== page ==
The Office on Trafficking in Persons continues to collaborate with the HHS Office of Investigations on Operation HOPE (Helping Oppressed People Escape). The purpose of the project is to ensure the safety and well-being of foster children, locate youth missing from care, and to identify and eliminate waste, fraud, and abuse occurring within state-administered foster care.
Building upon the success of Operation HOPE last year in Kansas, more than 100 federal, state, and local law enforcement officers conducted another operation Visit disclaimer page in Missouri last week. Law enforcement operated from command posts in Jackson County and St. Louis City, focusing on Kansas City, St. Louis, and Springfield metro areas. The operation resulted in successfully locating 24 youth, ages 13 to 17, who were missing from care. Five individuals were arrested and 23 additional investigations were opened, including four investigations of human trafficking. OTIP provided technical assistance to support the effort.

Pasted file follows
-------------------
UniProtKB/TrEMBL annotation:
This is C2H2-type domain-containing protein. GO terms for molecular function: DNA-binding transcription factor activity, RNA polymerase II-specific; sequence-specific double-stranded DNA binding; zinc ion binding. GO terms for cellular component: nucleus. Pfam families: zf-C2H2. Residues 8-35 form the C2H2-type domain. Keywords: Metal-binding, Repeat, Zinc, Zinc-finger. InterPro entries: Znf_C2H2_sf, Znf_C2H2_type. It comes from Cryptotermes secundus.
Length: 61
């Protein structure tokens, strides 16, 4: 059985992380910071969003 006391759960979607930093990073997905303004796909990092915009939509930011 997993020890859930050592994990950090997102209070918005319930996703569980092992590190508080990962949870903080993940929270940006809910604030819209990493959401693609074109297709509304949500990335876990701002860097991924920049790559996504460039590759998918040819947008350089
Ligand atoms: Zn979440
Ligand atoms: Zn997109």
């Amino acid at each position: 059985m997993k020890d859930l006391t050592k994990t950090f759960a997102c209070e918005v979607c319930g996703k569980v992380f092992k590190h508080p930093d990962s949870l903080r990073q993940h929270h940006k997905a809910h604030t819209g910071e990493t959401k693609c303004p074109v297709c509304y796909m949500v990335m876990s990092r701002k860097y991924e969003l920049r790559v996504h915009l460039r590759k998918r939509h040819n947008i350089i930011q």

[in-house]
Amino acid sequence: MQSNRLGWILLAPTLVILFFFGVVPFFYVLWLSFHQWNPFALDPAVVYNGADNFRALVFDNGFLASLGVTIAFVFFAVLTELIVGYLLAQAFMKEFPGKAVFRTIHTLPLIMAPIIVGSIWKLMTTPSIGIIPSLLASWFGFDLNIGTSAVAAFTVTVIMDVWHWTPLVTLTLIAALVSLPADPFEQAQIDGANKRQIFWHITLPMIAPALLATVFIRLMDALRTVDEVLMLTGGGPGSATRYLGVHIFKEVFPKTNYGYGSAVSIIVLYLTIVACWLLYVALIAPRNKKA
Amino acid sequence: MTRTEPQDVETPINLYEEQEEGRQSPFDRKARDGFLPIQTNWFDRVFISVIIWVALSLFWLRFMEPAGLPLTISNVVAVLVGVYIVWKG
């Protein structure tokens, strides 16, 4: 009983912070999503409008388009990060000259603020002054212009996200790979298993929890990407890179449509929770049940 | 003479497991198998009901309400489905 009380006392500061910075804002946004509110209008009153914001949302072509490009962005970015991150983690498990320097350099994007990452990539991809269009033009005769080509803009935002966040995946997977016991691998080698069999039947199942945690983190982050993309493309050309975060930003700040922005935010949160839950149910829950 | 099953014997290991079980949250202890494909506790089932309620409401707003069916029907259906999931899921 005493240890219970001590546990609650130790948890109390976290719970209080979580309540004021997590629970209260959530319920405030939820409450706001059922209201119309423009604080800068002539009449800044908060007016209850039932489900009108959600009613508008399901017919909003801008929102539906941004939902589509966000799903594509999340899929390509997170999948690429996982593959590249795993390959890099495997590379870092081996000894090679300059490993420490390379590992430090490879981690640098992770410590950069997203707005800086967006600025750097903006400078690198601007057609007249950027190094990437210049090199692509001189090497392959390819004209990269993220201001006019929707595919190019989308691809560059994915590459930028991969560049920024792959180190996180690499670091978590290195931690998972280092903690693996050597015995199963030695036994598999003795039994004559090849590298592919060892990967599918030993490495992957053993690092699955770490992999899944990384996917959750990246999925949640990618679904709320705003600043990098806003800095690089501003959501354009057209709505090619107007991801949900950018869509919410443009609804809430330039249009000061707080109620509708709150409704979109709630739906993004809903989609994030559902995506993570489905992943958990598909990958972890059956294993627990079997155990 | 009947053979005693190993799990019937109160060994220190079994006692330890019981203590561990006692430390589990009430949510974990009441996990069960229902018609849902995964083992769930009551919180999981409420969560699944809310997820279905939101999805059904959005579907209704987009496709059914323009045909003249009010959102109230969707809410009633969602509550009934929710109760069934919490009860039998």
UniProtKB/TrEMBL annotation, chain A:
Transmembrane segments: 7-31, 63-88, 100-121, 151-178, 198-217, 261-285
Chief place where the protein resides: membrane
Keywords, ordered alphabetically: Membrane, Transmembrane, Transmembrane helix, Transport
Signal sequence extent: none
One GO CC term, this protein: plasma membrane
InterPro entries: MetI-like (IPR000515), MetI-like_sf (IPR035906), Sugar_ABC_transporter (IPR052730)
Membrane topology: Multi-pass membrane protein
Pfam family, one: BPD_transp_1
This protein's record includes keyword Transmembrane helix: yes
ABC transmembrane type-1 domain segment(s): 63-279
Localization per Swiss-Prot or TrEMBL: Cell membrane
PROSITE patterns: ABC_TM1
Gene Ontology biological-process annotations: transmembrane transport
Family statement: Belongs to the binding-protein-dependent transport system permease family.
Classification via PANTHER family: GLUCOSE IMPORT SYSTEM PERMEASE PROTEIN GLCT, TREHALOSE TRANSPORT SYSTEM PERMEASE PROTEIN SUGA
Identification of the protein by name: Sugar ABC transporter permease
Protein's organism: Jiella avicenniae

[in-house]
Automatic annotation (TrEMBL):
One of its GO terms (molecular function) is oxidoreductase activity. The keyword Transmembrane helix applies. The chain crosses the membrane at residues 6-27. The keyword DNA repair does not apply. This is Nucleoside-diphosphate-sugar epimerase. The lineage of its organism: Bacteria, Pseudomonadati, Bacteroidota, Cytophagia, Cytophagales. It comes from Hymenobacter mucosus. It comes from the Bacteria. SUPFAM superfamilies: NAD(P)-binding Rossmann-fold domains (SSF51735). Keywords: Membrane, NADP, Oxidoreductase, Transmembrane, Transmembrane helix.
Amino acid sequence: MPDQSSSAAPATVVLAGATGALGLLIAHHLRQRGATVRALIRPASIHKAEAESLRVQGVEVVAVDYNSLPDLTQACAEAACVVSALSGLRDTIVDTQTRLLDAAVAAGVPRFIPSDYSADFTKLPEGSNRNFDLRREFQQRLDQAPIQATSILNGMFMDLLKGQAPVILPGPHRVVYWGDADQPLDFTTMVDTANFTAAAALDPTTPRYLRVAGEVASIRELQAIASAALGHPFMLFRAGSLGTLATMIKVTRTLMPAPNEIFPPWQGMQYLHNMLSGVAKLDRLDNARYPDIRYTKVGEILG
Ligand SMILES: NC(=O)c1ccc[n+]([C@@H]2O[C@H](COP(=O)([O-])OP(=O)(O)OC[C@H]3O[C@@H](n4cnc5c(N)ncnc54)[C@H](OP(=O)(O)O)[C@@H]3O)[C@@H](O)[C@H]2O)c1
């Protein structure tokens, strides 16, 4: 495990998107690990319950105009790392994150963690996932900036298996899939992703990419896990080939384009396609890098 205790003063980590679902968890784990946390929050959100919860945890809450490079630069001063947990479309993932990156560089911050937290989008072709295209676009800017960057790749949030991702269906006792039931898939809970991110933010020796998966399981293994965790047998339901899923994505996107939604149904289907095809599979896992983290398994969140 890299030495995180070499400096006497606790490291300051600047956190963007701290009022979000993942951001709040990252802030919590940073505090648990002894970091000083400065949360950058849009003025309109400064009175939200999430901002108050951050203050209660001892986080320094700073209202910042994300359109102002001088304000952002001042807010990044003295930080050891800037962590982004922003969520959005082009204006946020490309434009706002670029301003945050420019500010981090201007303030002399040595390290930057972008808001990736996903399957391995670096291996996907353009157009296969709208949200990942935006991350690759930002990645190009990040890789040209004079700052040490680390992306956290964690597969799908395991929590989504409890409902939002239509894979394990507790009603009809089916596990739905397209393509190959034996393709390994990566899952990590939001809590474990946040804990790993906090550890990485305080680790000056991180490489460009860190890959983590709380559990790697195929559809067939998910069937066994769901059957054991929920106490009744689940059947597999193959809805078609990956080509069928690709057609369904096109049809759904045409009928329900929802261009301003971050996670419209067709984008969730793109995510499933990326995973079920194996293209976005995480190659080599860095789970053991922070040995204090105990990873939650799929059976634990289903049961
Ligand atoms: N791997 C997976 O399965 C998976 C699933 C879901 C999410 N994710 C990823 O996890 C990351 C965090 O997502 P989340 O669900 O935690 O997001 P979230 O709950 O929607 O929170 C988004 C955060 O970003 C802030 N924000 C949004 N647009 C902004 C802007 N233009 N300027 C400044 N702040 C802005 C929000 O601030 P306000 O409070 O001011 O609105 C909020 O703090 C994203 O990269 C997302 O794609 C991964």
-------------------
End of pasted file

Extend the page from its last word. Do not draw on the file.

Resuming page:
Human trafficking impacts multiple HHS-funded systems of care, including the child welfare system and runaway and homeless youth programs. The HHS Children’s Bureau provides information Visit disclaimer page for child welfare agencies and caseworkers to identify and support children who have experienced human trafficking or are at risk for victimization. A background of abuse and trauma—coupled with the impermanence of foster care or congregate care—can make children in out-of-home care especially vulnerable. In 2016, the HHS Family and Youth Services Bureau found that about 36% of runaway and homeless youth interviewed in their Street Outreach Study Visit disclaimer page had traded sex for something they needed. Most of the youth who reported trading sex for money did so only after they became homeless.